Tunisia national basketball team

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Tunisia Tunisia
Tunisia Basketball Federation.jpg
FIBA ranking 21 Increase 2
Joined FIBA 1956
FIBA zone FIBA Africa
National federation FTBB
Coach Adel Tlatli
Olympic Games
Appearances 1 (2012)
Medals None
FIBA World Cup
Appearances 1 (2010)
Medals None
FIBA Africa Championship
Appearances 21
Medals Gold medal africa.svg Gold: 2011
Silver medal africa.svg Silver: 1965
Bronze medal africa.svg Bronze: 1970, 1974, 2009, 2015
Uniforms
Kit body calais.png
Light jersey
Kit shorts redsides.png
Team colours
Light
Kit body Whitespikesonred.png
Dark jersey
Kit shorts whitesides.png
Team colours
Dark

The Tunisian national basketball team is the national basketball team of Tunisia.

The team is governed by the Tunisia Basketball Federation (FTBB). (Arabic: الاتحاد التونسي لكرة السلة‎‎)

When Tunisia became the 2011 African Basketball Champion, it was the first North African country to do so in almost 30 years. To date, they have 19 appearances at the FIBA Africa Championship, ranking them behind only traditional African powers Senegal, Côte d'Ivoire, and Egypt, in total appearances.

History[edit]

In 2011, they won their first ever FIBA Africa Championship, after beating Angola in the final. Their previous best finish was at the FIBA Africa Championship 1965, when they won the silver medal as the host country.[1] They also won a bronze medal at the FIBA Africa Championship 1970 and FIBA Africa Championship 1974.[2][3]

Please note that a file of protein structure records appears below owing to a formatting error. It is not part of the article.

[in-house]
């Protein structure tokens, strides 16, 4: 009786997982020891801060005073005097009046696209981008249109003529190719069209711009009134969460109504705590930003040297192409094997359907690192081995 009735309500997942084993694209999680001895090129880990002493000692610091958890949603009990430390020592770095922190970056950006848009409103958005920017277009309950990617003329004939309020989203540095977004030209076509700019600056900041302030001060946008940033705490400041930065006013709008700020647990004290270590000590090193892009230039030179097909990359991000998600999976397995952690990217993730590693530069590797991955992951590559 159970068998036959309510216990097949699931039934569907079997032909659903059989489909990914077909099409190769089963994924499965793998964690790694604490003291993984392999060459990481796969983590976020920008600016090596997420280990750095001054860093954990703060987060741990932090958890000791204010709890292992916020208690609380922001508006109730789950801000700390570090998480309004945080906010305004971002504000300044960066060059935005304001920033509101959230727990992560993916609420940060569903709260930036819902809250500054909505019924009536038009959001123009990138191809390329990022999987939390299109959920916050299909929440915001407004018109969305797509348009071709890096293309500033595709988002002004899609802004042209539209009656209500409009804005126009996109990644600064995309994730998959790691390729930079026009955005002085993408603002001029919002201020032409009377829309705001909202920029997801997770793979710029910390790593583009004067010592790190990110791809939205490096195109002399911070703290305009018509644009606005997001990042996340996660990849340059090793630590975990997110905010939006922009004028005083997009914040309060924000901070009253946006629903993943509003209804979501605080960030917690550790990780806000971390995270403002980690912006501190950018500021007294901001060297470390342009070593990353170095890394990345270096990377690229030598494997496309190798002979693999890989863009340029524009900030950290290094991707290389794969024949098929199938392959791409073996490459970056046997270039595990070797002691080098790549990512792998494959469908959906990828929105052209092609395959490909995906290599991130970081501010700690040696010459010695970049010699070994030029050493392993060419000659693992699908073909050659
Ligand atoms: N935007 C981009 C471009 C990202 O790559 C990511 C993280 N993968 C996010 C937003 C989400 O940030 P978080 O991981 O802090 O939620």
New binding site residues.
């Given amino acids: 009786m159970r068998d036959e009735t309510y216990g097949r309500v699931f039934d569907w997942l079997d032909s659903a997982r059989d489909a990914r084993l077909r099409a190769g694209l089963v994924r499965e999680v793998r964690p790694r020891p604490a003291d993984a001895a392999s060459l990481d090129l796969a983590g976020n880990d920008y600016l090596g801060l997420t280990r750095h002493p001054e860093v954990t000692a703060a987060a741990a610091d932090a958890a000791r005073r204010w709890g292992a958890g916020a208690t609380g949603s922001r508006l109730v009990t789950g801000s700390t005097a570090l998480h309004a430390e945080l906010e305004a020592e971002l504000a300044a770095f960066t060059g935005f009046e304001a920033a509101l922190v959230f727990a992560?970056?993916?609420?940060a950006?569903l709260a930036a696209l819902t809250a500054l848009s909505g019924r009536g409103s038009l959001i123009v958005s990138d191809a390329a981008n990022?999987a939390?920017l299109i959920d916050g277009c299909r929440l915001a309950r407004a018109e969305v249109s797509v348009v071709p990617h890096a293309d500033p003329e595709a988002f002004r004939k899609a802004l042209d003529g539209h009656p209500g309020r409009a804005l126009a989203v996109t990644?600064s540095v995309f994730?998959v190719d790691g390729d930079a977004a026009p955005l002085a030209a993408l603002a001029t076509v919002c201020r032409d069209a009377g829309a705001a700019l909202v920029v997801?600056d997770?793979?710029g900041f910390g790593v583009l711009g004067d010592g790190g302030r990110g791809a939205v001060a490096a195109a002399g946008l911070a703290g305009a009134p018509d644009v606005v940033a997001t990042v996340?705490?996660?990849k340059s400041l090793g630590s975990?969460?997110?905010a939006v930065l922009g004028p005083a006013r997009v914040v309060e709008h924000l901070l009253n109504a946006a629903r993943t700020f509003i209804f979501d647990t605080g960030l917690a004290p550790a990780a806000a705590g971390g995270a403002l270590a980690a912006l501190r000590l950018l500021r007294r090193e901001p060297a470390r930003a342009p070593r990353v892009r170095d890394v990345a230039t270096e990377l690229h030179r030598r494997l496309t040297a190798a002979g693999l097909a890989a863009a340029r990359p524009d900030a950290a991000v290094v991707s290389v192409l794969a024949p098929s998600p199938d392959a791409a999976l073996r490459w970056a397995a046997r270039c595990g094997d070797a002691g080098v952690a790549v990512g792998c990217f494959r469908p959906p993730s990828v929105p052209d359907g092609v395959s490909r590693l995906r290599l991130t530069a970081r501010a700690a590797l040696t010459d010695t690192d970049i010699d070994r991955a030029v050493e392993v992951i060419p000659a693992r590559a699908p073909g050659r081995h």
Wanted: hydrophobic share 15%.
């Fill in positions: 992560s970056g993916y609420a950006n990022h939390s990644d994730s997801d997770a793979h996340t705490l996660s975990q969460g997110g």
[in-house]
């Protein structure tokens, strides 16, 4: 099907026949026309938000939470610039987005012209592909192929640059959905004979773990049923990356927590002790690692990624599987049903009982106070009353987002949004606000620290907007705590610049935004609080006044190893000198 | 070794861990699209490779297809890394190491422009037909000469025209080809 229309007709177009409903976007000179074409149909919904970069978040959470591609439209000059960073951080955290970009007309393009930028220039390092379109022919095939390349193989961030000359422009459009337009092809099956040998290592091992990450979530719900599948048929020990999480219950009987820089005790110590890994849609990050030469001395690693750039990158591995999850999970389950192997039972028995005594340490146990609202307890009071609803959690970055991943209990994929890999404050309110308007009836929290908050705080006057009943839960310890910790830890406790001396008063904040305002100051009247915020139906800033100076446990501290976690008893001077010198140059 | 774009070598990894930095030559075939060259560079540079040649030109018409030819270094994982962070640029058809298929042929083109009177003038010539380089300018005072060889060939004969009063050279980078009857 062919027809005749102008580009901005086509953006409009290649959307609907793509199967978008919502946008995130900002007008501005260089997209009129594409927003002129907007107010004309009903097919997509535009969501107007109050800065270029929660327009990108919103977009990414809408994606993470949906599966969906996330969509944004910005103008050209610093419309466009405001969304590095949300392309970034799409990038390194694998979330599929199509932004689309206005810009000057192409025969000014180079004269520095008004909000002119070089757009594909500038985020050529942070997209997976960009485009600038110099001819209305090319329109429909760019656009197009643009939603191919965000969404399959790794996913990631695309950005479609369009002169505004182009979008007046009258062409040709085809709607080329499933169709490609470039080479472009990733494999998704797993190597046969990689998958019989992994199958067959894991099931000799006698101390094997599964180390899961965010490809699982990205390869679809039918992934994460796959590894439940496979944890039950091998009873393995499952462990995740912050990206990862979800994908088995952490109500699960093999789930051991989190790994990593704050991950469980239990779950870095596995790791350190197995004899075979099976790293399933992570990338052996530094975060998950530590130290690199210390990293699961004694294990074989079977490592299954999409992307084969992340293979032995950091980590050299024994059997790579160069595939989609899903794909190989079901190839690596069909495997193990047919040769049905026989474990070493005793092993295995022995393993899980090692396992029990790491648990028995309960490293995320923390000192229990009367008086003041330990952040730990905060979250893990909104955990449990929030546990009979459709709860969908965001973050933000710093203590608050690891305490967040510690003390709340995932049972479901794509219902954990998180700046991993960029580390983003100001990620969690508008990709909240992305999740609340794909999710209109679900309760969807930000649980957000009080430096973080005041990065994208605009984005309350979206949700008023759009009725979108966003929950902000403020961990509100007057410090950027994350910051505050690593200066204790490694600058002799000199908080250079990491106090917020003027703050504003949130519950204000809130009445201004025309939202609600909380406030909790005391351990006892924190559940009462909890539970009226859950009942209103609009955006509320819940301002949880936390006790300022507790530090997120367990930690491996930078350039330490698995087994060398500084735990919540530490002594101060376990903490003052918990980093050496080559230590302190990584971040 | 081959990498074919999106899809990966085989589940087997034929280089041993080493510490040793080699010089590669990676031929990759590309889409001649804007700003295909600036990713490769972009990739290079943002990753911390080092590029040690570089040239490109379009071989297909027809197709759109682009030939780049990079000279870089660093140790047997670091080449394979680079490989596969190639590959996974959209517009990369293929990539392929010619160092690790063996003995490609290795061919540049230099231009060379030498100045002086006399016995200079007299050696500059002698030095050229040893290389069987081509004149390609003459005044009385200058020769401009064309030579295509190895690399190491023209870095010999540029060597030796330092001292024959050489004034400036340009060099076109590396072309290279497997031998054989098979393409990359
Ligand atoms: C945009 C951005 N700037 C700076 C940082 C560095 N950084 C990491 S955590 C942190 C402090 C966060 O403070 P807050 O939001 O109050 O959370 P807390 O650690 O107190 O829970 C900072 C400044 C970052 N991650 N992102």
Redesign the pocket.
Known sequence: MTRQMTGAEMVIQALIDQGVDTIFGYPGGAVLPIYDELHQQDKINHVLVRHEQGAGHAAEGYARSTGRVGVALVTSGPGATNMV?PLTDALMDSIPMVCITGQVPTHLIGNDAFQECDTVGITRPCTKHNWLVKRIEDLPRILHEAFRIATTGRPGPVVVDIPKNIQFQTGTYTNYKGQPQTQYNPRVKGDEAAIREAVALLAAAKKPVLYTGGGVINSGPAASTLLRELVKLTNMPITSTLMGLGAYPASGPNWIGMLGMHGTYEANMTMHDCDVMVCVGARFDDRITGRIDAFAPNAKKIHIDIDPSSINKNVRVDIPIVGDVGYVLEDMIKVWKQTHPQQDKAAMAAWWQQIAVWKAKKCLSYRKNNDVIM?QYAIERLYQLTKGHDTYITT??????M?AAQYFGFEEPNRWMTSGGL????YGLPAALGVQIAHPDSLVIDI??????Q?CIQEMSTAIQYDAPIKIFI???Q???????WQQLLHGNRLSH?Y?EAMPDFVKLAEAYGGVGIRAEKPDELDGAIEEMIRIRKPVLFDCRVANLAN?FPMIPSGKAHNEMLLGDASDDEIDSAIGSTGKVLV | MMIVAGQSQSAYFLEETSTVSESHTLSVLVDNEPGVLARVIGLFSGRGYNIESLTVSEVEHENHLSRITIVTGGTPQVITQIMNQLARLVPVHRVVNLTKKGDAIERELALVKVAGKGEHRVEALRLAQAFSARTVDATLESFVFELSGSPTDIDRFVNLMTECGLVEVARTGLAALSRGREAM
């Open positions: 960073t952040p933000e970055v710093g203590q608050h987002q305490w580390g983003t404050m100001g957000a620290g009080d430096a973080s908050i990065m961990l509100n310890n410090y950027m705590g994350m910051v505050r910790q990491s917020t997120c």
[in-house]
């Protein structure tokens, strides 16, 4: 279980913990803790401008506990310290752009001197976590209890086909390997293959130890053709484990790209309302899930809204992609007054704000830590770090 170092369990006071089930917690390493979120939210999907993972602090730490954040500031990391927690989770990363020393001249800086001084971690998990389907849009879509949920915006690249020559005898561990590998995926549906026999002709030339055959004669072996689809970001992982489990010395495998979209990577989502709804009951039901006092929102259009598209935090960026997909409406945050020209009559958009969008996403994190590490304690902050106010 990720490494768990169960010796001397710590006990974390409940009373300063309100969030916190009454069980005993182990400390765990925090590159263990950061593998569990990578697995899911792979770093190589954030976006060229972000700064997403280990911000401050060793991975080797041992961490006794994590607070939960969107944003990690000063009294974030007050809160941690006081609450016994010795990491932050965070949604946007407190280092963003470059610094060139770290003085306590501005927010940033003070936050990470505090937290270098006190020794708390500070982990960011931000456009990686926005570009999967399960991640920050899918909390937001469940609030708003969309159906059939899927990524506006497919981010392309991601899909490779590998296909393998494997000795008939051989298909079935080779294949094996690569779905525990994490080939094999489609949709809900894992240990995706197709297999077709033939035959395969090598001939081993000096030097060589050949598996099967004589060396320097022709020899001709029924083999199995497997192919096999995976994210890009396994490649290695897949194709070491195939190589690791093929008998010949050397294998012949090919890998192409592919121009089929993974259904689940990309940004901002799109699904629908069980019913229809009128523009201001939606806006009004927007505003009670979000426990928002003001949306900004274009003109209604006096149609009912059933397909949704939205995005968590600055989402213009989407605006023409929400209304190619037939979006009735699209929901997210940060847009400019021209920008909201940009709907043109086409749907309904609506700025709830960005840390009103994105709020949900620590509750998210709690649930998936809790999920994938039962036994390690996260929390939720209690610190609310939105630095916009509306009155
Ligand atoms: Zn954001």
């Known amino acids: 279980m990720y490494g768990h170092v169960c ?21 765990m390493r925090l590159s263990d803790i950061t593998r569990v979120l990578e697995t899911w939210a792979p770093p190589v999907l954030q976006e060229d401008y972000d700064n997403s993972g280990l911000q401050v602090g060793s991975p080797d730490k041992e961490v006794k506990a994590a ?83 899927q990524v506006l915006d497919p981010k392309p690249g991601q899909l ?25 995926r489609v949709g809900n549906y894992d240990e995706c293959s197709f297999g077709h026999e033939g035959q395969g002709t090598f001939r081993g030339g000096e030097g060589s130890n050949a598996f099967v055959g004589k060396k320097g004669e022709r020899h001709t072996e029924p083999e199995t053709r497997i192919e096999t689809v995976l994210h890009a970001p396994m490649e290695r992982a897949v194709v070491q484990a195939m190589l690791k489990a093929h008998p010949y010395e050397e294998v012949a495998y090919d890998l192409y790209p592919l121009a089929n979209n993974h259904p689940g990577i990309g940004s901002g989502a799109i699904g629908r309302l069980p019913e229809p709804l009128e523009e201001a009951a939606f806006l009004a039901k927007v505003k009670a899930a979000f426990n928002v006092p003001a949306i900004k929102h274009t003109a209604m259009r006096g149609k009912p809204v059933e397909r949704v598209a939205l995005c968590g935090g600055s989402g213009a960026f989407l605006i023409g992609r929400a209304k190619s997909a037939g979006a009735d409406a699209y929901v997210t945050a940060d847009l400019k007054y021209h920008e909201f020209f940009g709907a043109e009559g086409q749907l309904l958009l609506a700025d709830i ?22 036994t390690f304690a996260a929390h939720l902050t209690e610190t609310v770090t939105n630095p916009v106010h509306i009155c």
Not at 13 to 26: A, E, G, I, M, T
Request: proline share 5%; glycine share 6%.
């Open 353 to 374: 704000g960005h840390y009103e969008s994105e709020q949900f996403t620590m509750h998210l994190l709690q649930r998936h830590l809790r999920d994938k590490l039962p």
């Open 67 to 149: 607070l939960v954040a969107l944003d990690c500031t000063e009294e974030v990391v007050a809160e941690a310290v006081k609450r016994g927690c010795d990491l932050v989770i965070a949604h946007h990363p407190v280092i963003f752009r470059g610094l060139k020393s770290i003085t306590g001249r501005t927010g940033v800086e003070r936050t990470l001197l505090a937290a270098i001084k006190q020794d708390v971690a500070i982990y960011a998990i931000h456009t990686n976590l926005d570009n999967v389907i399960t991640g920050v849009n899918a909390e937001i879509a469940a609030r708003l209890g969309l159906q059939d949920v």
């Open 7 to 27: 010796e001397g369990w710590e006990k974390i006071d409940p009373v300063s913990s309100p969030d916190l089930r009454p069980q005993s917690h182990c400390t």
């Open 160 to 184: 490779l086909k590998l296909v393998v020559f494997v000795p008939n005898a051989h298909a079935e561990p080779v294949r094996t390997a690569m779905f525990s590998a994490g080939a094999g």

Although the Tunisians never finished worse than eighth in any of their succeeding appearances, they were not able to break onto the podium again until a surprise bronze medal run at the FIBA Africa Championship 2009. Led by All-Tournament First Team forward Amine Rzig,[4] the Tunisians went 4–2 in the preliminary rounds, winning three games by two points or less. They reached the semifinals for only the second time since 1974, by another slim margin – this time a one-point victory over Mali. Although they were defeated by Angola in the semifinals, the Tunisians topped Cameroon in the bronze medal game, to claim Africa's third and final automatic berth in the 2010 FIBA World Championship – its first ever FIBA World Cup berth. The Tunisians struggled to compete in the World Championship, losing all five of their games, and finishing last in Group B, and 24th overall. Yet, after almost forty years of mediocrity in Africa, Tunisia has become one of the continent's prime competitors again. Its appearances at the global stage have become a new milestone in the team's history.

Competitive record[edit]

Summer Olympics[edit]

Year Position Tournament Host
2012 11th 2012 Summer Olympics London, United Kingdom
2016 To be determined 2016 Summer Olympics Rio de Janeiro, Brazil

World Championship[edit]

Year Position Tournament Host
2010 24th 2010 FIBA World Championship Turkey
2019 To be determined 2019 FIBA World Championship China

FIBA Africa Championship[edit]

FIBA Africa Championship
Appearances : 20
Year Position Year Position Year Position
Egypt 1962 Did not participate Tunisia 1987 5th place Ivory Coast 2013 9th place
Morocco 1964 4th place Angola 1989 8th place Tunisia 2015 Third Place
Tunisia 1965 Runners-up Egypt 1992 7th place Republic of the Congo 2017 To be determined
Morocco 1968 Did not participate Kenya 1993 8th place
Egypt 1970 Third place Algeria 1995 Did not participate
Senegal 1972 5th place Senegal 1997
Central African Republic 1974 Third place Angola 1999 5th place